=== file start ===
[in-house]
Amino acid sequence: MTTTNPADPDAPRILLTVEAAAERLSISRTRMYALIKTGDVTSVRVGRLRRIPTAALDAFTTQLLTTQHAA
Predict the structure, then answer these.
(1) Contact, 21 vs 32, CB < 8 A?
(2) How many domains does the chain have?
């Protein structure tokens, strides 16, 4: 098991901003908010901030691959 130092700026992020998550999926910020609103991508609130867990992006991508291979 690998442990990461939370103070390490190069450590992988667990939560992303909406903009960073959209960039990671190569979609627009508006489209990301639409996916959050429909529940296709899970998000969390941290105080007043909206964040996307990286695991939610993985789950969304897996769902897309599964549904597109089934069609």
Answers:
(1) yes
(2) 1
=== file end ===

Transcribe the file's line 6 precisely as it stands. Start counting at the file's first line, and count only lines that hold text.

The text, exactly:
């Protein structure tokens, strides 16, 4: 098991901003908010901030691959 130092700026992020998550999926910020609103991508609130867990992006991508291979 690998442990990461939370103070390490190069450590992988667990939560992303909406903009960073959209960039990671190569979609627009508006489209990301639409996916959050429909529940296709899970998000969390941290105080007043909206964040996307990286695991939610993985789950969304897996769902897309599964549904597109089934069609």